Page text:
Months before your trip, of course, you've scored tickets for an afternooner with the Cubs. Their home turf, Wrigley Field, is not so much a baseball stadium as a collective habit, the city's comfortable old shoe. Chicago has hosted its beloved Cubs in the same spot for 89 years and Wrigley never got prettied up much. The Cubs still play many of their games in the afternoon, when fans shed their shirts, join in singing "Take Me Out to the Ball Game," and throw back onto the field baseballs hit out of the park by the opposing team. Now that the Boston Red Sox have claimed a World Series, Wrigley is unchallenged as the ultimate sanctuary of sports hope and heartbreak—in that order.
After watching the Cubs, you have no choice but to hear the blues. There are a half-dozen or so popular clubs, and as good a choice as any is Kingston Mines, with music seven nights a week. One of the great things about the Mines is that you're not embarrassed to show up at the nonbluesy hour of 10 p.m., which is what I did. The place was popping, the music was loud, the dance floor was packed, and the emcee was in rare form. "We're not supposed to get drunk and disorderly around here," he yelled, "but nobody pays much attention to that."
If you've spent too much, eaten too much, or gotten a little too drunk and disorderly, you can cleanse your soul and say good-bye to Chicago at the Sunday morning Gospel Brunch at the House of Blues on Dearborn Street. Make sure to secure reservations a couple of days in advance, because tourists and locals alike come for the chow (the buffet includes everything from omelets to prime rib) and the heavenly music ("a Holy Ghost party," as gospel leader William Smith Jr. proclaimed).
The crowded, picnic-style seating will have you making friends quickly, but you would've done that anyway, as the morning inevitably turns into a communal hand-clapping and hip-swaying sing-along. "I believe I've been saved," said the man next to me, "but it may have been the biscuits."
Only in Chicago.
So little time, so much to eat
If you have the stomach for it, you could forget about all the other things to do and simply come to Chicago to eat. Herewith, a minuscule sampling of my favorite dining establishments.
LA DONNA is a secret Italian treasure in the formerly Swedish working-class neighborhood of Andersonville. The appetizer of polenta crostini with Gorgonzola and leeks was the best thing I ate during my trip . . . and I ate a lot. 5146 N. Clark St., (773) 561-9400.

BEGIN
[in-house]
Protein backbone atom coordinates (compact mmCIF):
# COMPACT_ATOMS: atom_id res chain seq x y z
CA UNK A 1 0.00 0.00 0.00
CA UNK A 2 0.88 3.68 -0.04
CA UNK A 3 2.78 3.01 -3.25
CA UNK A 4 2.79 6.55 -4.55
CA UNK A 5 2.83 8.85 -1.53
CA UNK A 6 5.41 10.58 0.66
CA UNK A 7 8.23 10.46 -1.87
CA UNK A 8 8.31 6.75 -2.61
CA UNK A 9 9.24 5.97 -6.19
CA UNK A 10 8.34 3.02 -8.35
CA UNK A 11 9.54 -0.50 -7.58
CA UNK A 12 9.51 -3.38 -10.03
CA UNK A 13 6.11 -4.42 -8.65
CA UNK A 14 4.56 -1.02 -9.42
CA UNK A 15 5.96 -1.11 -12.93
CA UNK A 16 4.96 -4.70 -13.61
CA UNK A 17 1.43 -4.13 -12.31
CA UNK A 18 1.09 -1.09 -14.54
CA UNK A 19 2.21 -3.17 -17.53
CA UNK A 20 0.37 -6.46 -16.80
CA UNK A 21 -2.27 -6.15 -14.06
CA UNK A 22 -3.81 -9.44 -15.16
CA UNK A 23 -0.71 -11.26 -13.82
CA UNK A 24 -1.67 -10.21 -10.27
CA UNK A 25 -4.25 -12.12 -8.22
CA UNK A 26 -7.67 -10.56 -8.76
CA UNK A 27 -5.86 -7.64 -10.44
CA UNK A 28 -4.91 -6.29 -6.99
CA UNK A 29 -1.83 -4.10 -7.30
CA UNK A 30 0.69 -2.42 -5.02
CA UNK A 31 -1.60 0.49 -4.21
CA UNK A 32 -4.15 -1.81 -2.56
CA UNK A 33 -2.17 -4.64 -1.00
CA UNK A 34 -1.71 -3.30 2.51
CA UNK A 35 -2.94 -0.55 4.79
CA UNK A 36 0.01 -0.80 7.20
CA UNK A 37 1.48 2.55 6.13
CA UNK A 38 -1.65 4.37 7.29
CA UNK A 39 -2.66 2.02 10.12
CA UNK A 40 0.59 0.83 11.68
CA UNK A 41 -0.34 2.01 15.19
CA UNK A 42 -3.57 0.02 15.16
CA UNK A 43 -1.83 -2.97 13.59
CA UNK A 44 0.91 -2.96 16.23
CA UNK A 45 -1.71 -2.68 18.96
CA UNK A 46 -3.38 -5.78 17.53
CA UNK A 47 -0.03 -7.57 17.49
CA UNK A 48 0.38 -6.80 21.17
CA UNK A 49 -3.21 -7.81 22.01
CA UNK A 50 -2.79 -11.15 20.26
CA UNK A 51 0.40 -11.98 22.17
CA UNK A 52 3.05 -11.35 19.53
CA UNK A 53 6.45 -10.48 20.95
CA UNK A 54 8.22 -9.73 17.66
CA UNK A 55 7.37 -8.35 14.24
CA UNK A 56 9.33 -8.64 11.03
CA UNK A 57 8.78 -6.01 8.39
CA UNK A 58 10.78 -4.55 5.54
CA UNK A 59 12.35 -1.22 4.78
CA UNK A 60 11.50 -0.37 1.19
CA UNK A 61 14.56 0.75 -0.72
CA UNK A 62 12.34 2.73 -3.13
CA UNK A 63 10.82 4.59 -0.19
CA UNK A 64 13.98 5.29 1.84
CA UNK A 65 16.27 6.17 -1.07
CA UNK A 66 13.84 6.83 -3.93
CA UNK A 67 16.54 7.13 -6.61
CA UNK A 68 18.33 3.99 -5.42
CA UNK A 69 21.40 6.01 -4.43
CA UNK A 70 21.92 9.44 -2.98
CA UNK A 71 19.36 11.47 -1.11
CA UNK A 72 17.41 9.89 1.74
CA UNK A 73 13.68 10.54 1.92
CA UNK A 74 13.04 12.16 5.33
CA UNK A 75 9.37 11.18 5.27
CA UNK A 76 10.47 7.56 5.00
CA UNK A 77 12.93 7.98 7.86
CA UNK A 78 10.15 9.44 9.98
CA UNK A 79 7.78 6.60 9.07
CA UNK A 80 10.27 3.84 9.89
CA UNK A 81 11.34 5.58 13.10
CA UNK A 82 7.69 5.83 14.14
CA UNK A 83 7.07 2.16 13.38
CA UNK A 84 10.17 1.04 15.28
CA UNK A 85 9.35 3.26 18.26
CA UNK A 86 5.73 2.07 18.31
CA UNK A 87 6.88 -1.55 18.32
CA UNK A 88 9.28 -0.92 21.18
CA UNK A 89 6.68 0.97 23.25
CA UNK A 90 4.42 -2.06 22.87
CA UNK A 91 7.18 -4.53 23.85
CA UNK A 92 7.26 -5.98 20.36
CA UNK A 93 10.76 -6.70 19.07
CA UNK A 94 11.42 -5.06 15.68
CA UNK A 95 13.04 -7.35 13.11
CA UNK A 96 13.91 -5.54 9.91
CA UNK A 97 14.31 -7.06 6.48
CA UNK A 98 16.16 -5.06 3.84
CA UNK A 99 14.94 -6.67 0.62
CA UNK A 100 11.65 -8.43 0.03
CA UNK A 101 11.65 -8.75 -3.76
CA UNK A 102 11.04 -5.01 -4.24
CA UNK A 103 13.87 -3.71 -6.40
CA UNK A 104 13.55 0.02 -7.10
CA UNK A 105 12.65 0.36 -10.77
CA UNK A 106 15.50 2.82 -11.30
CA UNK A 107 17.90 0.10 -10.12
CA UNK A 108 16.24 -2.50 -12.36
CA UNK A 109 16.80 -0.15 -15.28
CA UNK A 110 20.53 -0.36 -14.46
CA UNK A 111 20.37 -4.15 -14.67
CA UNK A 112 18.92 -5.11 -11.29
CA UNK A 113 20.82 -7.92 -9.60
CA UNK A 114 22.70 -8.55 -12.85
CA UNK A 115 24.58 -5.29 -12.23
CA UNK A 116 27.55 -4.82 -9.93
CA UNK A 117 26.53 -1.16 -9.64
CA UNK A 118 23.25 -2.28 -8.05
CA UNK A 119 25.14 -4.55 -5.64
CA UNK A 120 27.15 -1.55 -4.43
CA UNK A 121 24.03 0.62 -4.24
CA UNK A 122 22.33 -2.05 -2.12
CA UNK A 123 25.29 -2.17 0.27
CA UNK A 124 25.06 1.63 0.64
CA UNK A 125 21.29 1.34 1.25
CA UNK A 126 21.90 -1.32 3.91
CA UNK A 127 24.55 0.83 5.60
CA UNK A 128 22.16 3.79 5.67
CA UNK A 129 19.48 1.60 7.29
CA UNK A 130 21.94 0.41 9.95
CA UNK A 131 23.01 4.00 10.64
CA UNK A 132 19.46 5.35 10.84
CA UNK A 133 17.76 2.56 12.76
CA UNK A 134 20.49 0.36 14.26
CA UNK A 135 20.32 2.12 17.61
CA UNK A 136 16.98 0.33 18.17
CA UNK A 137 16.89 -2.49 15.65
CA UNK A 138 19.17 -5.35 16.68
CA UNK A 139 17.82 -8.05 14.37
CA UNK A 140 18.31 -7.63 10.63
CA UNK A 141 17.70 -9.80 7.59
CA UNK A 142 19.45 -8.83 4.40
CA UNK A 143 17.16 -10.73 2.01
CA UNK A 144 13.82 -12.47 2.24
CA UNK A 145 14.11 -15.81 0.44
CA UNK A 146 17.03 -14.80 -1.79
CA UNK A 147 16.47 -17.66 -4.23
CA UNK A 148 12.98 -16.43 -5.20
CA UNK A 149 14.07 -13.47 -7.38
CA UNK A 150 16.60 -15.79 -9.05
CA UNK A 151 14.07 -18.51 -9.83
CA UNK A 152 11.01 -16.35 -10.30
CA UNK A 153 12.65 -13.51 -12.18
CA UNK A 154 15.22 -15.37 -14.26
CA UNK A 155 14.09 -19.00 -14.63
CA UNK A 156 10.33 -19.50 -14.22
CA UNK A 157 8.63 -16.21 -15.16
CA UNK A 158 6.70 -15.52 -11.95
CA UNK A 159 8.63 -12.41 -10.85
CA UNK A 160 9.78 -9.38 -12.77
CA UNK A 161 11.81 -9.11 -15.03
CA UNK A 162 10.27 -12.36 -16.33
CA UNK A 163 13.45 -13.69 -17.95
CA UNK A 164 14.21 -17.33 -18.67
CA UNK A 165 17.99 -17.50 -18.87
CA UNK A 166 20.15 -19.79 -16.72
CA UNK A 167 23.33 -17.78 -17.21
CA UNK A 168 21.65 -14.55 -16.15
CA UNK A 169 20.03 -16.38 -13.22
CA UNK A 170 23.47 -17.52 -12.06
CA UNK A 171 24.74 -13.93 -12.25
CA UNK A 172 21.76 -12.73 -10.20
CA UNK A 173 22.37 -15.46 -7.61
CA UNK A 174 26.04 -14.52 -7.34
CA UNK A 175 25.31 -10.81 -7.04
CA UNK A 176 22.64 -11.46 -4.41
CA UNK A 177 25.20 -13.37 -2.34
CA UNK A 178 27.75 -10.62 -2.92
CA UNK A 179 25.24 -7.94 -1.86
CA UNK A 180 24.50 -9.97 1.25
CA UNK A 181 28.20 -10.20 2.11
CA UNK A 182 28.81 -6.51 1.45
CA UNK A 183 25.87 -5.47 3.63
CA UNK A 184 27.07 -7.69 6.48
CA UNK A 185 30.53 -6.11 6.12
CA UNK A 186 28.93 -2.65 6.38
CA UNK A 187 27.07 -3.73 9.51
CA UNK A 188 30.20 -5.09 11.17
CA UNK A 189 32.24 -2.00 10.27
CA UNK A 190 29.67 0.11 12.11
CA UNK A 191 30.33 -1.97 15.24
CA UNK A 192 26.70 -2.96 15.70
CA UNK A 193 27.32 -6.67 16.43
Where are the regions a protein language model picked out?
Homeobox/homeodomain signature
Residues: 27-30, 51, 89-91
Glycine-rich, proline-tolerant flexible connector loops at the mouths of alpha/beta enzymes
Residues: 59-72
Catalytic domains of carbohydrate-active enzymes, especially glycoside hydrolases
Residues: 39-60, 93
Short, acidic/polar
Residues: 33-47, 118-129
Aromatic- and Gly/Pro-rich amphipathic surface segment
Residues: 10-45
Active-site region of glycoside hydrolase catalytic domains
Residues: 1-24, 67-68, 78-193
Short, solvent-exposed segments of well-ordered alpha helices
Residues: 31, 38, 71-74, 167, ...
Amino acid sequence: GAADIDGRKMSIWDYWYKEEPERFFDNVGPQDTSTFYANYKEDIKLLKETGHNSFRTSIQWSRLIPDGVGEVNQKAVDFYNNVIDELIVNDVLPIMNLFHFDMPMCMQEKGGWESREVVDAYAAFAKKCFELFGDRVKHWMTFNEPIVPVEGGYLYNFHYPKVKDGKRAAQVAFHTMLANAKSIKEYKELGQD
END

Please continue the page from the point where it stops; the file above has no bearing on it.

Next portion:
MANNY'S COFFEE SHOP & DELI is the kind of place where visiting politicians have to show up to score votes with the common man. And where else in the United States will you encounter a sign warning first come, first served . . . quantities are limited for the pickled tongue? I went for the pastrami. 1141 S. Jefferson St., (312) 939-2855.
SALPICÓN treats tequila as seriously as wine (I enjoyed lime-tequila sorbet for dessert), and the stuffed poblano chiles are described as "lightly egg battered and sautéed; one with a mild pork picadillo and the other with Chihuahua cheese; served with a roasted tomato sauce and frijoles borrachos." Somebody sweated over all that writing, I had to order them. They were delicious. 1252 N. Wells St., (312) 988-7811.
WISHBONE has long been popular for its Southern comfort food. Try the andouille hash, corn cakes, or red eggs-a delicious mélange of two eggs on corn tortillas with black beans, cheese, ancho chile sauce, sour cream, and salsa. Two locations: 3300 N. Lincoln Ave., (773) 549-2663, and 1001 W. Washingon Blvd., (312) 850-2663.
Come prepared to crane your neck
The great fire of 1871 killed about 300 people and, as Donald L. Miller wrote in City of the Century, reduced "a great part of Chicago to charred prairie." It was at once a devastating tragedy and an exquisite opportunity.
Chicagoans, being Chicagoans, concentrated on the latter. From the debris and the dust, which lingered in the air for months after the conflagration, Chicago built a modern city whose creators revolutionized U.S. architecture, turning the potential monstrosity known as a skyscraper into a sublime coalescence of form and function. Over the next seven decades, Chicago also made immortals out of three architects forever associated with the city—Louis Sullivan, Ludwig Mies van der Rohe, and Frank Lloyd Wright.
Their brilliant creations are still in evidence, and if you do only one thing on your trip to Chicago, make it a half-day outing to soak in the city's architectural history. Options include a guided walking tour, an architecture cruise on the Chicago River, or a visit to the suburb of Oak Park, where Wright, the immortal of immortals, had his home and studio and developed the Prairie school of architecture. For tour information, check out the Chicago Architecture Foundation's Web site at www.architecture.org or call (312) 922-3432.
Photography by Kelly/Mooney
This article was first published in May 2005. Some facts may have aged gracelessly. Please call ahead to verify information.